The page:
Prospa produces industry-leading impairments

John Kavanagh Consumer lending

Small business lender Prospa Group, which listed on the Australian Securities Exchange in May, wrote off a remarkable 11.2 per cent of its receivables in loan impairment expenses in the year to June. And its loss was worse than forecast in its prospectus.

In its 2018/19 financial report, released yesterday, the company focused on the fact that loan originations of A$502 million were up 37 per cent on 2017/18 and a little ahead of the prospectus forecast.

Revenue of $136 million was an increase of 31 per cent and in line with the prospectus forecast. Customer numbers grew by 58 per cent to over 20,000.

Operating expenses rose 40 per cent to $129 million. The company said expenses included a number of one-off expenses in relation to the initial public offering and investment in the business.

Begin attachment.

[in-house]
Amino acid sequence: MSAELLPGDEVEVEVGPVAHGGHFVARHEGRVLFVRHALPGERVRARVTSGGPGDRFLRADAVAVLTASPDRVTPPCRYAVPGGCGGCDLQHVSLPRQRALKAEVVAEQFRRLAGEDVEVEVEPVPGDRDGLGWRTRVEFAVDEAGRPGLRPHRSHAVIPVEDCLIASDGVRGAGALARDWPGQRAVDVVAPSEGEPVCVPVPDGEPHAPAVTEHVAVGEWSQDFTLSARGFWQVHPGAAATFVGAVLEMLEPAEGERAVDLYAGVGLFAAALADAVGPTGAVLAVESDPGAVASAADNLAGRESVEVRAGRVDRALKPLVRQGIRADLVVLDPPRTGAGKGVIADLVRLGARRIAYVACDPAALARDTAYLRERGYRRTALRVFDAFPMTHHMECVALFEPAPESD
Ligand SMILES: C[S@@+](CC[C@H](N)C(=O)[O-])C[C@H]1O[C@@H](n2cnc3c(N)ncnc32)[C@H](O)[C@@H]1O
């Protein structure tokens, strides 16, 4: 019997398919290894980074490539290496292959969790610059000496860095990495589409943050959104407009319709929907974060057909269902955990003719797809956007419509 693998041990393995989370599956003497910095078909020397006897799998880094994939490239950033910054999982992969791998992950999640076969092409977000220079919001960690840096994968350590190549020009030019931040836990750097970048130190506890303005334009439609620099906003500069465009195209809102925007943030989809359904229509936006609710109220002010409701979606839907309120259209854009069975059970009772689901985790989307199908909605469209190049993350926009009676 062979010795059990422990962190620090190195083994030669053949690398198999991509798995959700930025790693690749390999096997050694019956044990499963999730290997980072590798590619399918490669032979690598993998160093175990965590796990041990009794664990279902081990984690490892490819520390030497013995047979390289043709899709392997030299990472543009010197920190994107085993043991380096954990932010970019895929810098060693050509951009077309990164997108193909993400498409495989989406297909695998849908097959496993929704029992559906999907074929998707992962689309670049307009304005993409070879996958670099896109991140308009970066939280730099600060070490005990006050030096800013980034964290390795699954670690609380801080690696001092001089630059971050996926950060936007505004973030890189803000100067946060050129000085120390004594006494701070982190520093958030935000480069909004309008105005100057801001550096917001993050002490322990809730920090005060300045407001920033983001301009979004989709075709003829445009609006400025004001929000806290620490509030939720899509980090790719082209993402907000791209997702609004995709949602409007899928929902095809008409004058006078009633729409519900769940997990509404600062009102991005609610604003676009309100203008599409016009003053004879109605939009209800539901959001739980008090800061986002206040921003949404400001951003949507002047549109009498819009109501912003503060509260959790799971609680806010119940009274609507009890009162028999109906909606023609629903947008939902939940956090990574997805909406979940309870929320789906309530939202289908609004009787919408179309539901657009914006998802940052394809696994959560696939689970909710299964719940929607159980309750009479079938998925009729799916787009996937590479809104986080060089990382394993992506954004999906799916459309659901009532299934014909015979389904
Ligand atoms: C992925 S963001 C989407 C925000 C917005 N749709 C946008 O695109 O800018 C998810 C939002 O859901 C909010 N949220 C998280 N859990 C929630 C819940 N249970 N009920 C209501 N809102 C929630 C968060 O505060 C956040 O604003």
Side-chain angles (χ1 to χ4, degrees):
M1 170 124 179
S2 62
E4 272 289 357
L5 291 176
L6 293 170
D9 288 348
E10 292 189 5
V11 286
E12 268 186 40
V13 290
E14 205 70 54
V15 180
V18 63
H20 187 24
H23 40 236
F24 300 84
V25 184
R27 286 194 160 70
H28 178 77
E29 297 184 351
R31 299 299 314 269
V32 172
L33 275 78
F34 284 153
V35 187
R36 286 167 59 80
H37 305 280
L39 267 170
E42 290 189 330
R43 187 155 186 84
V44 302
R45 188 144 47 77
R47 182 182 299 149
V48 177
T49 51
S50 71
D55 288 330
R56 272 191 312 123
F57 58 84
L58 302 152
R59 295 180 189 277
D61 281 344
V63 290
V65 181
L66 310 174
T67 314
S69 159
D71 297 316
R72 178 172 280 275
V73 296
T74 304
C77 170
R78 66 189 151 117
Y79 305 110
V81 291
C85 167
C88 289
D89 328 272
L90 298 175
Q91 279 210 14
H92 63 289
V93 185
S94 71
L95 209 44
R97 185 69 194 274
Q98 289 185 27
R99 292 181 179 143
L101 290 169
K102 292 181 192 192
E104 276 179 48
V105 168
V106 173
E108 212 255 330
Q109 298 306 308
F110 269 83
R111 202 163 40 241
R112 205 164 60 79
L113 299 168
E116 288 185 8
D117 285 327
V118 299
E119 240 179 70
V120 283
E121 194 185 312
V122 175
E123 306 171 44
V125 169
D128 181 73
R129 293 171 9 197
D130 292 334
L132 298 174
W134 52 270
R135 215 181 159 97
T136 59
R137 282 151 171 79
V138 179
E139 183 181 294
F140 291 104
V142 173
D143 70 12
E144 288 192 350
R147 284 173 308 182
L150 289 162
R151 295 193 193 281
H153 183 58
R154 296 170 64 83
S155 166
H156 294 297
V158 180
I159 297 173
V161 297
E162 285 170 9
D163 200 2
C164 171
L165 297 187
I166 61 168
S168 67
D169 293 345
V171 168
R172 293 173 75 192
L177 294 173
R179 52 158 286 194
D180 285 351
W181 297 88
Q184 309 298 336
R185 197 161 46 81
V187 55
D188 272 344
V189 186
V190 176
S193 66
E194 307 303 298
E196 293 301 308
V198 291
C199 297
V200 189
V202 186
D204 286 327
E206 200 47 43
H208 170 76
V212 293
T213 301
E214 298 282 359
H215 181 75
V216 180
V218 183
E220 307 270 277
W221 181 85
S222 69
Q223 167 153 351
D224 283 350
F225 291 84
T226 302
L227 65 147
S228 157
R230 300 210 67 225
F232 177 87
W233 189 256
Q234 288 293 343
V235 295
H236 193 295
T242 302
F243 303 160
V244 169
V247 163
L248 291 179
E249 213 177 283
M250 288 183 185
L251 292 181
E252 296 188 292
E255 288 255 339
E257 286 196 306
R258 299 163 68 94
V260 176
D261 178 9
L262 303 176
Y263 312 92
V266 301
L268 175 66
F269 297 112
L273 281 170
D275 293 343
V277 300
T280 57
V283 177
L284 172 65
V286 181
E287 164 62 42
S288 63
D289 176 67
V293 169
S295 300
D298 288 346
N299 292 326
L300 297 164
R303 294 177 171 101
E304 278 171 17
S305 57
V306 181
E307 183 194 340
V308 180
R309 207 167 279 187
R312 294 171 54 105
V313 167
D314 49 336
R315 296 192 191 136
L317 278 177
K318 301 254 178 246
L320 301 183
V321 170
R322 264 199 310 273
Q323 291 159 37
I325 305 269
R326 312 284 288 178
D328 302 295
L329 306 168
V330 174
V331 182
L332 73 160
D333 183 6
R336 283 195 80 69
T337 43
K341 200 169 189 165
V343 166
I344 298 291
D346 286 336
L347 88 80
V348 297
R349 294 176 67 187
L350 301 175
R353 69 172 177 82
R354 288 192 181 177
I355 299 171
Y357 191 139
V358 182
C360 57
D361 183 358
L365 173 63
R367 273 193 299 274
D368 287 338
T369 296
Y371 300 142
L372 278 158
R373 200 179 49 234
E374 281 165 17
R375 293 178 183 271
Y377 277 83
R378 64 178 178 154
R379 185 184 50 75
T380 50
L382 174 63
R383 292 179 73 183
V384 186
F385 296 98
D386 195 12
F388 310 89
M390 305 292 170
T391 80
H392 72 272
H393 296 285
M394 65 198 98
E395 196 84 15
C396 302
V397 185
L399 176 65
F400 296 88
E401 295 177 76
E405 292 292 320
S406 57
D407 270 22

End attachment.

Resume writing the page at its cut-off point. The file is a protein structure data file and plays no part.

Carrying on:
During the reporting period Prospa launched a line of credit product to complement its term loan offering.

It also launched ProspaPay, a B2B trade payments product that allows for payments on an interest-free basis. Vendors pay Prospa a fee for providing the facility. At June 30, Prospa had accredited 70 vendors and processed $1.7 million of payments.

There wasn’t much else to skite about. Loan impairment was up 30 per cent to $31 million. The bad debt expense was 11.2 per cent of gross loan receivables.

The company made a loss of $24.7 million, compared with a profit of $2.1 million in 2017/18.

Prospa promotes itself as a fintech but it most resembles an old-fashioned finance company with a high-risk portfolio. Its prospectus disclosed that its average interest rate is 24 per cent.